A radical cleric described as the face of violent extremism in Britain has appealed to the European Court of Human Rights challenging its decision that he can be extradited to the United States to face terror charges.
Abu Hamza, who controlled the Finsbury mosque in London, was sentenced to seven years imprisonment after being convicted in 2006 of inciting hatred. He is also charged with offences relating to hostage taking in Yemen and an alleged plot to set-up a terrorism training camp in the United States.
Lawyers acting on behalf of Hamza applied for the case to be heard by the court's Grand Chamber just 24 hours before a deadline to file an appeal to the April 10 decision by the court to extradite him to the US was due to pass.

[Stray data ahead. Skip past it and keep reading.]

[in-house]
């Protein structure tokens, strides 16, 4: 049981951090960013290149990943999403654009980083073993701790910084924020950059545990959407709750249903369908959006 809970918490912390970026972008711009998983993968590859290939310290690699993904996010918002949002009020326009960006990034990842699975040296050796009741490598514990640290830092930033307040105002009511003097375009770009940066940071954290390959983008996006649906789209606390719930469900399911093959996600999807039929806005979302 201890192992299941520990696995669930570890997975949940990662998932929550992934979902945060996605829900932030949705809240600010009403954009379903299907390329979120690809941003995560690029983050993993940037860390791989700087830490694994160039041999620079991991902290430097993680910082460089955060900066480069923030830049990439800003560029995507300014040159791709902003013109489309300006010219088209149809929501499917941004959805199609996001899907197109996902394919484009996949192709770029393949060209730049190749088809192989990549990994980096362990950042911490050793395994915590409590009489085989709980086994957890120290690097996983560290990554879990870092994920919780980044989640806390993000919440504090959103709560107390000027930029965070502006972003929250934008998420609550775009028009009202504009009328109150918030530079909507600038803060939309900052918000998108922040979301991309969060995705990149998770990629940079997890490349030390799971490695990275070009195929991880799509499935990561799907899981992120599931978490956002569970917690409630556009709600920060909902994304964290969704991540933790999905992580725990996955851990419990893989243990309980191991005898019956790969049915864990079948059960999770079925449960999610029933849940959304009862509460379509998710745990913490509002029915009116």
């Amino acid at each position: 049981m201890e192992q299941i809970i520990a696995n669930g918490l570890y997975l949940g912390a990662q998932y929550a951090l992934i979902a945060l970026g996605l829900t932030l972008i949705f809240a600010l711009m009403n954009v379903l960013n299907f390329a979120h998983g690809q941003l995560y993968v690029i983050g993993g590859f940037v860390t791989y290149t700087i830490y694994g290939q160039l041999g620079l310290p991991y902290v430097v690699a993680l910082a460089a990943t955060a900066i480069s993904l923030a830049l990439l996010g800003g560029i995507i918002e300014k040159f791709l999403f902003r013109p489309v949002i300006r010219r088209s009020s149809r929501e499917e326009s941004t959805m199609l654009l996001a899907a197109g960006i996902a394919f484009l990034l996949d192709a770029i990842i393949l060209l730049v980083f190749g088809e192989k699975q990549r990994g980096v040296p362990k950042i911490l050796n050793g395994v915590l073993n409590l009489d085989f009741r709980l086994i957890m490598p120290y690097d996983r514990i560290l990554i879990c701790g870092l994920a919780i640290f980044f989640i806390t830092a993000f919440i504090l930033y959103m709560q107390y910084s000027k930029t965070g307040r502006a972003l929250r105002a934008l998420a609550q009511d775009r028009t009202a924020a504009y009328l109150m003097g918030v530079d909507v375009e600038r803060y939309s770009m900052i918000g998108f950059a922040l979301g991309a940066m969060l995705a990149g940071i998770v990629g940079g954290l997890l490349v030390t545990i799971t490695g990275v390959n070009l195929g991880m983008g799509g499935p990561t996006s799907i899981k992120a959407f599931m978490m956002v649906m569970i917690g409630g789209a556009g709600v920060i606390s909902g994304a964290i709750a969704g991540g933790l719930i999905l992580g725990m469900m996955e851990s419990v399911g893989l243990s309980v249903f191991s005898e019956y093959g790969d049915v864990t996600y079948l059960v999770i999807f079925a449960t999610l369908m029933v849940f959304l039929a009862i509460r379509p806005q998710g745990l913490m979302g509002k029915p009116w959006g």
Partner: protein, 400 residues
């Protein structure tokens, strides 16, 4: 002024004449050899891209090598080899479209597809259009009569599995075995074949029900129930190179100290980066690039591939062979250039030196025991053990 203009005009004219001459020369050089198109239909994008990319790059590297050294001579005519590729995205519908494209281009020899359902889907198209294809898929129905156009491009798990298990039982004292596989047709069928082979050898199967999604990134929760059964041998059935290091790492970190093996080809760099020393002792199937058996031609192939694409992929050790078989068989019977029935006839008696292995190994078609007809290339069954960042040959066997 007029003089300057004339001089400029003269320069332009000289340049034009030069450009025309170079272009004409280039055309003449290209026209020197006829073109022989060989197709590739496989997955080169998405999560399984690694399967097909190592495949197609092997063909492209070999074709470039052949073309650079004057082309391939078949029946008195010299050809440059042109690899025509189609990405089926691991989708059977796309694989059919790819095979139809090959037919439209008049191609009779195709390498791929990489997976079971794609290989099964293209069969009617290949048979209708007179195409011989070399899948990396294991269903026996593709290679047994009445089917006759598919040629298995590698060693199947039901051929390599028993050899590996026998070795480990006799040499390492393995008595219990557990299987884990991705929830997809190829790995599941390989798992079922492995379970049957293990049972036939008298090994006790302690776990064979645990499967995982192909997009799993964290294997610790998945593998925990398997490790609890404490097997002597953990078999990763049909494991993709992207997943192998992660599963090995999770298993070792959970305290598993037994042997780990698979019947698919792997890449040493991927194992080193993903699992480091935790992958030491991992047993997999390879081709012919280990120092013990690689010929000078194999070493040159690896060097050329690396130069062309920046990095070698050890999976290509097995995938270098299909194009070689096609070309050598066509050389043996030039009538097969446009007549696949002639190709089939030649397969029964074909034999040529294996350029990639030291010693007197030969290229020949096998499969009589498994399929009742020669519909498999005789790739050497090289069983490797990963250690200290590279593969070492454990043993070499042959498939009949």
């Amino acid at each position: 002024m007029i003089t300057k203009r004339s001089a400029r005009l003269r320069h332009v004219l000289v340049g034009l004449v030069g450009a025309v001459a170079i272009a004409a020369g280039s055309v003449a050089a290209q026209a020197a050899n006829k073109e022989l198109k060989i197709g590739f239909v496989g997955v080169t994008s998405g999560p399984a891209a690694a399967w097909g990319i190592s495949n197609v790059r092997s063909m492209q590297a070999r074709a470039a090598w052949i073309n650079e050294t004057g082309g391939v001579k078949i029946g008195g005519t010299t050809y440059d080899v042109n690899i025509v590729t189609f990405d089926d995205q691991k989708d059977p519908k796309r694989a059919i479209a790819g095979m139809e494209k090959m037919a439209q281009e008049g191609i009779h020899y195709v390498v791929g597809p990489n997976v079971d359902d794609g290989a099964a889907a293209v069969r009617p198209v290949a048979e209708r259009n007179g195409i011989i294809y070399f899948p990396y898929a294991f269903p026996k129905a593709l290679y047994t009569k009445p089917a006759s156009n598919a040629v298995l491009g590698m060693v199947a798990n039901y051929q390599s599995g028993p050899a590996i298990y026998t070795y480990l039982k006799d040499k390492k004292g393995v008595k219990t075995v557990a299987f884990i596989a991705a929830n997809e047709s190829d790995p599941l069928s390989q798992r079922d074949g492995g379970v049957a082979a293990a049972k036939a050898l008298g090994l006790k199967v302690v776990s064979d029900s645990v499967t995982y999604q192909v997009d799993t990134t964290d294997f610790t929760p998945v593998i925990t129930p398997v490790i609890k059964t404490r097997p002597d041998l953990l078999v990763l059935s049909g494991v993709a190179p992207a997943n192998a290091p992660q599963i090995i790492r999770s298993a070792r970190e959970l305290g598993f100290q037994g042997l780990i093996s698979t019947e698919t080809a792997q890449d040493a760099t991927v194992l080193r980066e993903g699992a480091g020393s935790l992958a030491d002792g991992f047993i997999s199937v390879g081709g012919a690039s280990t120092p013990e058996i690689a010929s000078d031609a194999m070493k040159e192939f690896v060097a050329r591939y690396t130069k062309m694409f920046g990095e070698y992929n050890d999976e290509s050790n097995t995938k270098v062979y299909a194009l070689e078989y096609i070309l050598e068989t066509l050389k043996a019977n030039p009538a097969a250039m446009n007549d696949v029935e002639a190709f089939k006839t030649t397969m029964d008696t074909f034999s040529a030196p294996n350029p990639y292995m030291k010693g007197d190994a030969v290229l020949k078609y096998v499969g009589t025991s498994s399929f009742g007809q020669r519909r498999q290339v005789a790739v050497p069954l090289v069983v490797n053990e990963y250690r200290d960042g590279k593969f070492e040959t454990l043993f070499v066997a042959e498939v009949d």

A panel of five judges will now consider whether there are grounds for such an appeal.
However, the judges are not expected to sit for at least two months, and until then, the extradition will be put on hold. If they conclude there is a case to answer, it is likely to be at least another year before the Grand Chamber rules on it.
In April, the European Court of Human Rights backed the extradition of Abu Hamza and four other terror suspects to the US, holding that there would be no violation of human rights for those facing life and solitary confinement in a "supermax" prison.
Hamza's extradition to the US had been cleared along with four other suspects, Babar Ahmad, Talha Ahsan, Adel Abdul Bary and Khaled-al-Fawwaz.
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